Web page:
By drawing attention to the beginnings of Urbanism in France, this work aspires of replying the problems experienced by today’s Algerian cities, which fail to produce a coherent and harmonious urban tissue, and whose urbanism instruments replicate models copied on the 1950s Grands-Ensembles. The 1930s in France correspond to a period of theoretical and regulatory upheavals in the making of towns, where a new generation of city thinkers, the urban planners, develop for the first time Urban Plans for French agglomerations. Considered revolutionary, their concepts will be better received on the southern shores of the Mediterranean, especially in Oran, where a new world is under construction. This article’s objective is to verify the following hypothesis: the 1930s Oran’s urban tissue was built in a context favorable to experimentation, in a logic aiming the city’s homogenization and its urban continuity, through the design and construction of autonomous housing agglomerations. Having exposed the Oran’s first enlargement urban qualities, I’ll reduce the field of study to the Choupot district, located between the city-center and the ZHUN Yaghmoracen. These three urban strata will be then compared through their forms, their history and their mutual articulations, applying many tools such as maps and aerial photographs analysis, revealing for the urban tissues designed in the 30s, a high urban density and a typological diversity of housing and urban forms, which integrate with the city-center. Conversely, the Yaghmoracen district, whose scale and functioning are evocative of the Grands-Ensembles, generates social and spatial segregation of the urban tissue.

8.Urban sprawl: An empirical analysis for Konya Province- Turkey
Fadim Yavuz
doi: 10.5505/itujfa.2020.04834  Pages 79 - 97
This study aims to determine the drivers of urban sprawl, additionally environmental impacts and socio-economic impacts of urban sprawl for Konya province in terms of three central counties. A comprehensive questionnaire, consistent with Analytical Hierarchy Process (AHP) technique, was designed to get the knowledge, experiences, values, interests and suggestions of experts as the key stakeholders of urban development regarding the urban sprawl problematic occur in the city. A total of 73 local authority experts participated into the survey. The findings show that urban sprawl was accepted as a threat for Konya by the experts. Macro-economic factors such as economic growth was envisaged as the primary driver of urban sprawl. The absence of upper limit for controlling urban sprawl has been highlighted. Thus, “Development of long-term integrated plans promoting sustainable development and the limitation of urban sprawl” was proposed as the most useful precaution for combating urban sprawl that could be taken by stakeholders. On the other hand, “conserving agricultural lands” was admitted as the most significant precaution at the scale of local authorities and Ministry of Environment and Urbanization for combating urban sprawl. Experts’ overall evaluations regarding the level of urban sprawl explicitly show that Karatay was the most sprawled county conversely Selçuklu. The applied methodology also separately enables the weights of urban sprawl effect factors for each county. Results revealing the drivers, effects and the dimensions of urban sprawl in Konya are useful for local municipalities to route urban expansion in a sustainable manner.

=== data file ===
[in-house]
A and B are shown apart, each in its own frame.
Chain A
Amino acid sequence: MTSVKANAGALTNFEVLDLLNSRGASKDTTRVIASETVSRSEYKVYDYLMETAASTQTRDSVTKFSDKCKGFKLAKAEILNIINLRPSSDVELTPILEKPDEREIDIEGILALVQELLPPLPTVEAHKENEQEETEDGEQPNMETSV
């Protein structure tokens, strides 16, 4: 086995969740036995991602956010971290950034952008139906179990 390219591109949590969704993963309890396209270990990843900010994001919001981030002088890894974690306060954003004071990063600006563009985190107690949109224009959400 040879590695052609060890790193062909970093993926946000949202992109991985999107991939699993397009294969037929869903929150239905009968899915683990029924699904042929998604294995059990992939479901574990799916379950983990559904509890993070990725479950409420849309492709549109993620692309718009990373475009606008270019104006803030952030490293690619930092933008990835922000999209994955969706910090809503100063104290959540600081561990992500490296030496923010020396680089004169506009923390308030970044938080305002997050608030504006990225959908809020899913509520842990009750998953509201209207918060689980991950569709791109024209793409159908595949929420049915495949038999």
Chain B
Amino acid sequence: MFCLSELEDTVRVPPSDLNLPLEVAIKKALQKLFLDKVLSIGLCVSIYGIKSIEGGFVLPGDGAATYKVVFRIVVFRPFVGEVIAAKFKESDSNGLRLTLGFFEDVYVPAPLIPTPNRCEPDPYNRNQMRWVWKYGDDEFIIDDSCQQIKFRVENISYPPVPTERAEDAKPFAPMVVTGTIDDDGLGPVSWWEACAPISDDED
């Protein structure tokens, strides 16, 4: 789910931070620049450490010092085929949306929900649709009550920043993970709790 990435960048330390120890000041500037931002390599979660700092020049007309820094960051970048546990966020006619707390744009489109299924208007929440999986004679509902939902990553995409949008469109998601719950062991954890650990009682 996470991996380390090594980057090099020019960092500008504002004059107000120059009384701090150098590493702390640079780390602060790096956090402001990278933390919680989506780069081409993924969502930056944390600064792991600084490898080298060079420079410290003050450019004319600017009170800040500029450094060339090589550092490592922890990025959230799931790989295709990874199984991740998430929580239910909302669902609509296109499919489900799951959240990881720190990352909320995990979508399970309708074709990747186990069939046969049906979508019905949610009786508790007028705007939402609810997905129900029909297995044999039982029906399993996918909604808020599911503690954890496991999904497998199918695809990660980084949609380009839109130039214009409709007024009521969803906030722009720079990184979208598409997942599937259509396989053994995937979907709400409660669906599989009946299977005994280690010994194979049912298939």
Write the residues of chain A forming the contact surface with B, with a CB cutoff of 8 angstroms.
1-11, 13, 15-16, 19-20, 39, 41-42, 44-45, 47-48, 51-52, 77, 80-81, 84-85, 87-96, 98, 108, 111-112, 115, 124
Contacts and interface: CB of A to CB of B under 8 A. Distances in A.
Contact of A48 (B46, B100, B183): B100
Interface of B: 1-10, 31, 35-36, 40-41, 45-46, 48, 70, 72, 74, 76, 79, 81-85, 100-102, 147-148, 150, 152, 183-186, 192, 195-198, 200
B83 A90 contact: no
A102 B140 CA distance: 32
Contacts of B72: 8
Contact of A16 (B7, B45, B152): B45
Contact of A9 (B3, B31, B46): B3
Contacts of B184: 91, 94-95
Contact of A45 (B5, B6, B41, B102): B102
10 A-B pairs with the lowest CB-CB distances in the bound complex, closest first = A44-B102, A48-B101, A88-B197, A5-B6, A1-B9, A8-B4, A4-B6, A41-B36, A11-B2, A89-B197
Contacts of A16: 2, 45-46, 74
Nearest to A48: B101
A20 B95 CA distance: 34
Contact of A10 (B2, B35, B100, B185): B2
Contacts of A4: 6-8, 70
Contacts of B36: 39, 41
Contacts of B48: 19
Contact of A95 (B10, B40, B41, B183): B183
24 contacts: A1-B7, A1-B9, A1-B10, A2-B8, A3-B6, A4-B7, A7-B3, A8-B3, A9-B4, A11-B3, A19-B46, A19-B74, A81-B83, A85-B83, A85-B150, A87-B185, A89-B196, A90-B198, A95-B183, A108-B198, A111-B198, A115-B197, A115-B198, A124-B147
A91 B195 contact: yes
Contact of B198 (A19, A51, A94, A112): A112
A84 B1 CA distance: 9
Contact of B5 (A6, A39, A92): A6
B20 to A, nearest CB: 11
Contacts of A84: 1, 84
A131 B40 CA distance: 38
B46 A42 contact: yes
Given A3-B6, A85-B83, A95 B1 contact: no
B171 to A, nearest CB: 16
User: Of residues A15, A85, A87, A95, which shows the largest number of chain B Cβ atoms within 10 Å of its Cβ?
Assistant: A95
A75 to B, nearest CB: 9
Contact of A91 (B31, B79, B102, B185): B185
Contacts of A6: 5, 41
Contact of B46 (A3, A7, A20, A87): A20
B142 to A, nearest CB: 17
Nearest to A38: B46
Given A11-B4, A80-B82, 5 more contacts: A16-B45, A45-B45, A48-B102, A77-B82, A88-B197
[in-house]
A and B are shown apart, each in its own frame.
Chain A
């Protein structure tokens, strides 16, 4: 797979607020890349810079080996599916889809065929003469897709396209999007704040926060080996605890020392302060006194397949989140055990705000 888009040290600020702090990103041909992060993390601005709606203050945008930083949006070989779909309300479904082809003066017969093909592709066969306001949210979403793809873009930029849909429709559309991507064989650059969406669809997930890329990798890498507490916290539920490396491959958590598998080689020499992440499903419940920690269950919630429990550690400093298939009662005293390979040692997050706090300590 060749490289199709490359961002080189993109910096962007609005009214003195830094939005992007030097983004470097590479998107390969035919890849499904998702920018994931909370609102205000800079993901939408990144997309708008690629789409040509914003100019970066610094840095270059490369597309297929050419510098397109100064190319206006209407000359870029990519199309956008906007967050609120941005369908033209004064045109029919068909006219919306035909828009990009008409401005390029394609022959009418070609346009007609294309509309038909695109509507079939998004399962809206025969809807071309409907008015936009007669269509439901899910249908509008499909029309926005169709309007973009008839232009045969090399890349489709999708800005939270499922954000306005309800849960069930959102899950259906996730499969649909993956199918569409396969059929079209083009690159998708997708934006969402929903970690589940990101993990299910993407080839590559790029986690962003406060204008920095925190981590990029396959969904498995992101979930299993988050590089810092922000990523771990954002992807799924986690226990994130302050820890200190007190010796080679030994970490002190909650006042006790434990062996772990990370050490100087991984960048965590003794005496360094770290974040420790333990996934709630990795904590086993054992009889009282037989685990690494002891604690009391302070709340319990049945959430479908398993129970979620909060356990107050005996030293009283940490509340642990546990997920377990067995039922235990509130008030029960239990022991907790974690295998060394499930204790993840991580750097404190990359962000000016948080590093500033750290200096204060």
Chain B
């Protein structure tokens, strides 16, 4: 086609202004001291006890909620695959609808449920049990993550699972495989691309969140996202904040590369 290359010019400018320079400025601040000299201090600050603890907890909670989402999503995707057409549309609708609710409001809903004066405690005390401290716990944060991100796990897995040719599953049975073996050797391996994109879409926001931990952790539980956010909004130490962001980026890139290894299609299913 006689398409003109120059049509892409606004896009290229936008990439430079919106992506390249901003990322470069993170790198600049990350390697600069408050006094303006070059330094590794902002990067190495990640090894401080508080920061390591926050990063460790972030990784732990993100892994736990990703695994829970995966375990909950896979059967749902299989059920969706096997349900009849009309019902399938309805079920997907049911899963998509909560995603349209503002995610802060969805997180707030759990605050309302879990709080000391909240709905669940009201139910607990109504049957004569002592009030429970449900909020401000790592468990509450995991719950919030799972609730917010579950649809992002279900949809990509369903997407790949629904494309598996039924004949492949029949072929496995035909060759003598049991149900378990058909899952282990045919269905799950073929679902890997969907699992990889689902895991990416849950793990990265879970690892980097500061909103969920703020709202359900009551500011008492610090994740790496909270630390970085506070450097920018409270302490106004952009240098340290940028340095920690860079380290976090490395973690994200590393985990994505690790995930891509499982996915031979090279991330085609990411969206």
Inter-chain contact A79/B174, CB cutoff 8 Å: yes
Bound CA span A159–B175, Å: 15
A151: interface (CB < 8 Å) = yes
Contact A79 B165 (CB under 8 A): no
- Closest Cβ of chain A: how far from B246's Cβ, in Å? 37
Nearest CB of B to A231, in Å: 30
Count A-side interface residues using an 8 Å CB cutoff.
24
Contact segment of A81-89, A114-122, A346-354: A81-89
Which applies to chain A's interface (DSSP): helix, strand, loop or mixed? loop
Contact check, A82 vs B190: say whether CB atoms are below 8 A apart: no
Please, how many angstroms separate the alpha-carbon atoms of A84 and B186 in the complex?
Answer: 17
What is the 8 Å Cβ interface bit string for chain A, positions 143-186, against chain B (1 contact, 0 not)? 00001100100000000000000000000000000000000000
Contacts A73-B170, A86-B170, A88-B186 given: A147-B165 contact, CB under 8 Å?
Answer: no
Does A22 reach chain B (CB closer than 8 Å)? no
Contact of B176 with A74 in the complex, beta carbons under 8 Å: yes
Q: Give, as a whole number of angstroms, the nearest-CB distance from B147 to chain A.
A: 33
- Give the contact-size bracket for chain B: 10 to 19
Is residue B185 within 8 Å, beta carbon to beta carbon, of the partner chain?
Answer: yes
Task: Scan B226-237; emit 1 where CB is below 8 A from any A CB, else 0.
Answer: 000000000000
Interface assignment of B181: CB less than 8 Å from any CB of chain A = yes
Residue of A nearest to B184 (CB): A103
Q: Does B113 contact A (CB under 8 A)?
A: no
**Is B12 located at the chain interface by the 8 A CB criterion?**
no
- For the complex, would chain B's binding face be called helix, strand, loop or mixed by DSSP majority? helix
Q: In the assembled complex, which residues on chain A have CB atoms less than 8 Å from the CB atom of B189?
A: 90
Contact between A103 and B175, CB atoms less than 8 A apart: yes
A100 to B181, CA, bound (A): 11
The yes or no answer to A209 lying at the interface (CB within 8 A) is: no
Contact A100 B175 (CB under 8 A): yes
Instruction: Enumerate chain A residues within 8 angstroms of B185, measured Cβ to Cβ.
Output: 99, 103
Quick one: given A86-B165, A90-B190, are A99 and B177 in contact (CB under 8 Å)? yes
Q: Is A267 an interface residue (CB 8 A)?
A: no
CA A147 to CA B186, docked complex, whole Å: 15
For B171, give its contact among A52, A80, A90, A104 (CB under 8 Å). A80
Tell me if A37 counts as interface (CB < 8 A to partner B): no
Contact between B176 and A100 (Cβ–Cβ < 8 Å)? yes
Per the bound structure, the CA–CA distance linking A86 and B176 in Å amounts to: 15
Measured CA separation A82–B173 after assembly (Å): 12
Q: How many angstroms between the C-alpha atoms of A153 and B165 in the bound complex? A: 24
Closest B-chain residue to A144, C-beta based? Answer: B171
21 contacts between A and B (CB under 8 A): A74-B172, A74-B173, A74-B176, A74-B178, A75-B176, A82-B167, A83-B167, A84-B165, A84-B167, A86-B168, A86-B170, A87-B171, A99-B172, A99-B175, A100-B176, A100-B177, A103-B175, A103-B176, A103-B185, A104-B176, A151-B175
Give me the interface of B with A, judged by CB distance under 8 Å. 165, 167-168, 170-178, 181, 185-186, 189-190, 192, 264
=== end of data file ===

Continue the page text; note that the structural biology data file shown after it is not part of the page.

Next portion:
9.Issues in the planning and design of university campuses in Turkey
Berna Yaylalı Yıldız, Ela Cil
doi: 10.5505/itujfa.2020.03789  Pages 99 - 114